11. Do Nothing: Sometimes I get a seller who is still in denial or would prefer to let the bank take the house rather than work with an investor who stands to make a profit. Obviously, this means the seller's credit will be ruined-their credit score could actually be decreased by about 250 points in the case of a foreclosure. Furthermore, the lender could incur a deficiency judgment against the seller to collect the balance. The seller could remain the house for a few more months and save up some money but surely the bank will not give them any cash at the point the property is auctioned so this is the least desirable result.
When you invest in foreclosures, you need to have the right attitude. The more honest, sympathetic and understanding you are with the homeowner, the better you will be able to build a good rapport and build trust. I talk about this in the ebook http://www.ForeclosuresUnleashed.net. Remember, seller's want to do business with people they feel they can trust and like. Offer honest solutions. Think in terms of what is best for the other person and you will richly rewarded in the long run.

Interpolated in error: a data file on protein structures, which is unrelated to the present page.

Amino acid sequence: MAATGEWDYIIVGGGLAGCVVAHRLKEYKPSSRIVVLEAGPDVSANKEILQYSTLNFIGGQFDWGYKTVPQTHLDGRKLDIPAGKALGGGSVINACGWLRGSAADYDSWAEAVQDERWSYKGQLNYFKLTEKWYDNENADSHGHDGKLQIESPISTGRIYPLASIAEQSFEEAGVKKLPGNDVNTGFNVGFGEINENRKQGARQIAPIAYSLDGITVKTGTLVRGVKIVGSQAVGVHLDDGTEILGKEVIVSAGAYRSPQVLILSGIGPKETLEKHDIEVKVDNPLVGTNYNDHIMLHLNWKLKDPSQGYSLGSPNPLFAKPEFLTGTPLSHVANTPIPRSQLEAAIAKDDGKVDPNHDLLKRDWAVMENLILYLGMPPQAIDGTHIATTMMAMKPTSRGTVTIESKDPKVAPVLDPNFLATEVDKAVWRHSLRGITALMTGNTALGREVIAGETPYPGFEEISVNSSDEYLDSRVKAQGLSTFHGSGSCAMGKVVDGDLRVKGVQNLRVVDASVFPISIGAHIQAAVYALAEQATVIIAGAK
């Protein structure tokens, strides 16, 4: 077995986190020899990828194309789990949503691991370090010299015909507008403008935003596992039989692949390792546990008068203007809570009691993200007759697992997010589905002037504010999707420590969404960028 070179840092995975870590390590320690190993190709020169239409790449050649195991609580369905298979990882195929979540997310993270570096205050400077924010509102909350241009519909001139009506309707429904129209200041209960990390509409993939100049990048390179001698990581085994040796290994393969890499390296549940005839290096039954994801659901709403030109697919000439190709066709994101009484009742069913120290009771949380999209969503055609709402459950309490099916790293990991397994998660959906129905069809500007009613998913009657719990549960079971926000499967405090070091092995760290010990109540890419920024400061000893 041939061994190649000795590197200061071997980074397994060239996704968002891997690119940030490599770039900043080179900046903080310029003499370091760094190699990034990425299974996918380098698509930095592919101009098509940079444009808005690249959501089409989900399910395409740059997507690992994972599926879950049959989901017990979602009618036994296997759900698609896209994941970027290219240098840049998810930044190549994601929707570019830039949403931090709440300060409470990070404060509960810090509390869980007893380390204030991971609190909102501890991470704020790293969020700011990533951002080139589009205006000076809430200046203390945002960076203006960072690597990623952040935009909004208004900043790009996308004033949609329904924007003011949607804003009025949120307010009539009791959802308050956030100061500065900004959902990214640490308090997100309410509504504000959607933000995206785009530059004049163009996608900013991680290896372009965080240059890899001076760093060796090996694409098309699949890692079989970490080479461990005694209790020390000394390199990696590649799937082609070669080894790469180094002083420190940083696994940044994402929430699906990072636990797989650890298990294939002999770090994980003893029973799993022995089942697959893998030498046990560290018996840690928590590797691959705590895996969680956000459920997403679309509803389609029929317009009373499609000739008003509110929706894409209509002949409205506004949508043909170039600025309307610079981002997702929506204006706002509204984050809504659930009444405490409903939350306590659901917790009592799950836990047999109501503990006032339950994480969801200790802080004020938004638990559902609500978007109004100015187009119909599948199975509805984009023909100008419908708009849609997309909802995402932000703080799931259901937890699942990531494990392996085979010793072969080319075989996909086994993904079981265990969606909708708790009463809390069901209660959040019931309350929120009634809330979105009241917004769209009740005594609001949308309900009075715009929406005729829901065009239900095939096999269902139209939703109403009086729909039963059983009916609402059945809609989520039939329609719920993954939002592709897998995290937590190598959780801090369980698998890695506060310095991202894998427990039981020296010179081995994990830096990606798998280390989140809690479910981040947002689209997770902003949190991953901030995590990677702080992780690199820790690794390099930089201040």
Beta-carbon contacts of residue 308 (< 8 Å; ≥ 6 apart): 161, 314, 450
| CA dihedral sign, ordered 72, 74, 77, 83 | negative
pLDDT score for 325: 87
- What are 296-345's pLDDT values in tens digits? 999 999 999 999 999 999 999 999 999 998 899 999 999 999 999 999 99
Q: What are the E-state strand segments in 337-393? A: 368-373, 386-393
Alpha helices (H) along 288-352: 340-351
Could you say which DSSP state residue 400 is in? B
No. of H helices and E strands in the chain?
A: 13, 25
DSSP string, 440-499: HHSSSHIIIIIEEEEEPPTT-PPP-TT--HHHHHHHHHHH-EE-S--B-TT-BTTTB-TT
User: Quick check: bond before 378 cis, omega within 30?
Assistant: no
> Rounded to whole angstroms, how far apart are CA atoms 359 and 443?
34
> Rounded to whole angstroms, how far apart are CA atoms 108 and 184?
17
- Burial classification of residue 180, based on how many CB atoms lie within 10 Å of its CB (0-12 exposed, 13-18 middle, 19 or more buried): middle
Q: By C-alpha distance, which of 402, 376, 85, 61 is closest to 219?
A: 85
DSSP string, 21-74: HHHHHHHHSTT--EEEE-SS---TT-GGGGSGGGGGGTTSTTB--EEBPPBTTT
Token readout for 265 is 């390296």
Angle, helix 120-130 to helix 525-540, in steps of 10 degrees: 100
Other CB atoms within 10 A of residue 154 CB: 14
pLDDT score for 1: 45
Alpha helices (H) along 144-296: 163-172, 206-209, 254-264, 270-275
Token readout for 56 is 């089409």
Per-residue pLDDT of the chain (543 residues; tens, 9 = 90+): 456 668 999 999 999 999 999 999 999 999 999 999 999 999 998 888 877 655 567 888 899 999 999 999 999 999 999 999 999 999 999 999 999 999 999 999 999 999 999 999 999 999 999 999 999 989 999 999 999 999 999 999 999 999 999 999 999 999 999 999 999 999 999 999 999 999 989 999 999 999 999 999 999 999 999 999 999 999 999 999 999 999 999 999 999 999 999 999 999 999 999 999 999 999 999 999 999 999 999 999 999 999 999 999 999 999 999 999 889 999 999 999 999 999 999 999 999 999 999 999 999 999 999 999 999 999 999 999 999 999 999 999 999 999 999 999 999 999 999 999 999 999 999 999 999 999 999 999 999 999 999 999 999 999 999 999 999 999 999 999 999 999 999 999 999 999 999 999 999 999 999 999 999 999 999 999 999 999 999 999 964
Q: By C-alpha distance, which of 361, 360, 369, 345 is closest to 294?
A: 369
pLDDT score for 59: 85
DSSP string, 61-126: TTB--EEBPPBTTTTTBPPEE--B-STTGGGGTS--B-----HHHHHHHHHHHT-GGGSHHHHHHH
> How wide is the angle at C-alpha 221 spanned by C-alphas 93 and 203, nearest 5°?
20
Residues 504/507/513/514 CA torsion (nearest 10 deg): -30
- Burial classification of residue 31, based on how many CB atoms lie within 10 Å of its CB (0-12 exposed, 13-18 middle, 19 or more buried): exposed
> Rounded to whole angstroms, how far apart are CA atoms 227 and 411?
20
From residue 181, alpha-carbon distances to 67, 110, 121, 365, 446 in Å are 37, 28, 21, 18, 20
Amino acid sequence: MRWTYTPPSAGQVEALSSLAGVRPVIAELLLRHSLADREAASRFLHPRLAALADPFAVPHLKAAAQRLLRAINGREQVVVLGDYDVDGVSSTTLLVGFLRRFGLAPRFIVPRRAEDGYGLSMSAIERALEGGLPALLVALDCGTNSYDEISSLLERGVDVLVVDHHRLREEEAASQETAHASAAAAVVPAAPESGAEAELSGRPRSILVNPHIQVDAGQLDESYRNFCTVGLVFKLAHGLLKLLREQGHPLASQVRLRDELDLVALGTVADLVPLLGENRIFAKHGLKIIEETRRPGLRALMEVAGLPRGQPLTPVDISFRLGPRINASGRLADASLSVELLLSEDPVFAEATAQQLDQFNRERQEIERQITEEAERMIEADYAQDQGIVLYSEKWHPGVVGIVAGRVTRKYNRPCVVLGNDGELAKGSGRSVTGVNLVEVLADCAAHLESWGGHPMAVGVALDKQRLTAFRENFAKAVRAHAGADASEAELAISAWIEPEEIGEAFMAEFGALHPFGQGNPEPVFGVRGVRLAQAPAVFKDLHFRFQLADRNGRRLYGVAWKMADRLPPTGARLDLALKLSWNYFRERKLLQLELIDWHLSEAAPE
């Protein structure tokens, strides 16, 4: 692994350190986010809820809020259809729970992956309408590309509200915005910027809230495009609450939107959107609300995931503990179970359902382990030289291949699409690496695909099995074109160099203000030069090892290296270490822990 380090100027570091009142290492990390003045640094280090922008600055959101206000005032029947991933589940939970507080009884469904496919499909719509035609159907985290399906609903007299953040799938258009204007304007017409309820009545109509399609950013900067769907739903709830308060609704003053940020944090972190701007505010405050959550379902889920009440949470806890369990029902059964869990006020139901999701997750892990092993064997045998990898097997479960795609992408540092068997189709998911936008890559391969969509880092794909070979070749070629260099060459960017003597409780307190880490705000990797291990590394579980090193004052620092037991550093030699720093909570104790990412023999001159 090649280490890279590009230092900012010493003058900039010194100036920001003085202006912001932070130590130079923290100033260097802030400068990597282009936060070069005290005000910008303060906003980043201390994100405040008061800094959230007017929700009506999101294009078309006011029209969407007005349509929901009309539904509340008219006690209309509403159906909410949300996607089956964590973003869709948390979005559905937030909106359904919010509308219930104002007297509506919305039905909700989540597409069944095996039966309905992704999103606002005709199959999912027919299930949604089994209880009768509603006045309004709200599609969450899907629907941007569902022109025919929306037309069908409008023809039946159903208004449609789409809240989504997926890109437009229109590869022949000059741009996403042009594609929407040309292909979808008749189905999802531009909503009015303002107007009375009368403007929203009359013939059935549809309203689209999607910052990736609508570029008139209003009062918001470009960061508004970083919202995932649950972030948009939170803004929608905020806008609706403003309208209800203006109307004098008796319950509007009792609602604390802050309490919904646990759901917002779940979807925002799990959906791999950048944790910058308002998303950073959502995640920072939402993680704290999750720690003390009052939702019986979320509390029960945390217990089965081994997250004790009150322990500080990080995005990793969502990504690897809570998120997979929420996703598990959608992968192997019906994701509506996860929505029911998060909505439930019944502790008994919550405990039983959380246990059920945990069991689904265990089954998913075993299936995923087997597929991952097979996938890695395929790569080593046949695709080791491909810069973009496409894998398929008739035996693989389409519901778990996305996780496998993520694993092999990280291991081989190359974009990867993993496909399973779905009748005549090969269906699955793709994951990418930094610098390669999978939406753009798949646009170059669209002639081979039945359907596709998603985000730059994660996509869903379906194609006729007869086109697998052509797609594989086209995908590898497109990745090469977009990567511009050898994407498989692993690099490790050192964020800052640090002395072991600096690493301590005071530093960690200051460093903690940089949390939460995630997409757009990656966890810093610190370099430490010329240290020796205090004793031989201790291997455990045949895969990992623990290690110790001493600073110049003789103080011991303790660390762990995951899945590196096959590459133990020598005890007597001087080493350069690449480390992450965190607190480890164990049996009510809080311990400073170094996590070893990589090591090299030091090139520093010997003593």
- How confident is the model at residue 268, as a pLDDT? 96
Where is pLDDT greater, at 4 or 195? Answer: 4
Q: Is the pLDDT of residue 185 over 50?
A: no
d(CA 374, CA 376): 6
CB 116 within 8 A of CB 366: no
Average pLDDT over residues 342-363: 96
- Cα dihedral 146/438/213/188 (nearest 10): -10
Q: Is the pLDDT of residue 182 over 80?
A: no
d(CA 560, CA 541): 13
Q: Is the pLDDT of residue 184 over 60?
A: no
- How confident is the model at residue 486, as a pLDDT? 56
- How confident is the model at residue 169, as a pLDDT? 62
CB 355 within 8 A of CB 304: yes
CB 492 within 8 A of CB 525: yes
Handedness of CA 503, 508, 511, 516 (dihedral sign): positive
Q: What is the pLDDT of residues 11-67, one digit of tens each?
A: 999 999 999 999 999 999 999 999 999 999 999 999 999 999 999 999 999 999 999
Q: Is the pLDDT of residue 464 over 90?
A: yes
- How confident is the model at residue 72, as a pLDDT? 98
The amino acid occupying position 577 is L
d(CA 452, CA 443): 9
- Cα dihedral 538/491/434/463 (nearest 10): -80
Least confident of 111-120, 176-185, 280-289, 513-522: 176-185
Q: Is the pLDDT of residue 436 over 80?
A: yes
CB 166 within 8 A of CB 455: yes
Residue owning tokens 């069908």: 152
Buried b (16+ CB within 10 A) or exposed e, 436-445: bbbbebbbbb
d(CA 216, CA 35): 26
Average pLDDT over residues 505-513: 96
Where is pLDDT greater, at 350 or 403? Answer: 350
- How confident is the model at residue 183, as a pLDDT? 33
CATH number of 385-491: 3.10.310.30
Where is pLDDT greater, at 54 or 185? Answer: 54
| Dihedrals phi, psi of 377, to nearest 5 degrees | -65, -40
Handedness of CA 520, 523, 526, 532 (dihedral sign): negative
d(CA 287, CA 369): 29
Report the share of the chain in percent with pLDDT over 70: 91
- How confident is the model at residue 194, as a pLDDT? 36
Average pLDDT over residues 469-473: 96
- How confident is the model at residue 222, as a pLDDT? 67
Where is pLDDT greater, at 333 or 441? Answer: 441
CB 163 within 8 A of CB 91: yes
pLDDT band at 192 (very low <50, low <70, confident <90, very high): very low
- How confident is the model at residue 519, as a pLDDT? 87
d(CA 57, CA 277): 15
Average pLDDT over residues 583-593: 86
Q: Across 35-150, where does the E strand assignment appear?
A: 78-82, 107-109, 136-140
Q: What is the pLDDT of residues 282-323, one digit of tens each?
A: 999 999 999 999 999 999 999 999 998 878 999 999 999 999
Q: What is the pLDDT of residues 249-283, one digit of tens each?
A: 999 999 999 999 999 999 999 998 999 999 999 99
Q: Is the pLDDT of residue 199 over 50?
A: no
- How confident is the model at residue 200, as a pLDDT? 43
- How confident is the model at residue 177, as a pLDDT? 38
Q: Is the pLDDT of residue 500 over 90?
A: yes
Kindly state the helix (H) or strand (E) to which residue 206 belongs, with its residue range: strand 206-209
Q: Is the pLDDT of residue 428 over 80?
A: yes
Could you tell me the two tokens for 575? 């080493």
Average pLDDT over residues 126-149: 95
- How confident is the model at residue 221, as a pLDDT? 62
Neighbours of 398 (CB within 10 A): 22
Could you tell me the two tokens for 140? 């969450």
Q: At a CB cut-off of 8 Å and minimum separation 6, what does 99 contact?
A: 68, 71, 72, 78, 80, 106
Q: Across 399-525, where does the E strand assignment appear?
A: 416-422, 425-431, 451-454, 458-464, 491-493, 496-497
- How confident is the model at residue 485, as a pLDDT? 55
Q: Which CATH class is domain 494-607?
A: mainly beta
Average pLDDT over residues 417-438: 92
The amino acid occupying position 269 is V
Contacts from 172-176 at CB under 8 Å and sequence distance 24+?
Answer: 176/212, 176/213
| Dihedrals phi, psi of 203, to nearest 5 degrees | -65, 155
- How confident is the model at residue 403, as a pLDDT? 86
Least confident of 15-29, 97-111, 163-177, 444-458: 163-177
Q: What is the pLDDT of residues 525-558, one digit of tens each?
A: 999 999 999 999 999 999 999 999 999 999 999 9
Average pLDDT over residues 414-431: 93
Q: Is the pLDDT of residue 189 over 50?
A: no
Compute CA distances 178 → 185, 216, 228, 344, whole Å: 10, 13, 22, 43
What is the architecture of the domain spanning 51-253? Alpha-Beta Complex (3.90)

Learn how to maximize the profits from the booming foreclosures in today's marketplace without using your money or credit by going to http://www.ForeclosuresUnleashed.net . Master the same principles that has helped the author, Robert Lam, generate tens of thousands of dollars through real estate foreclosures.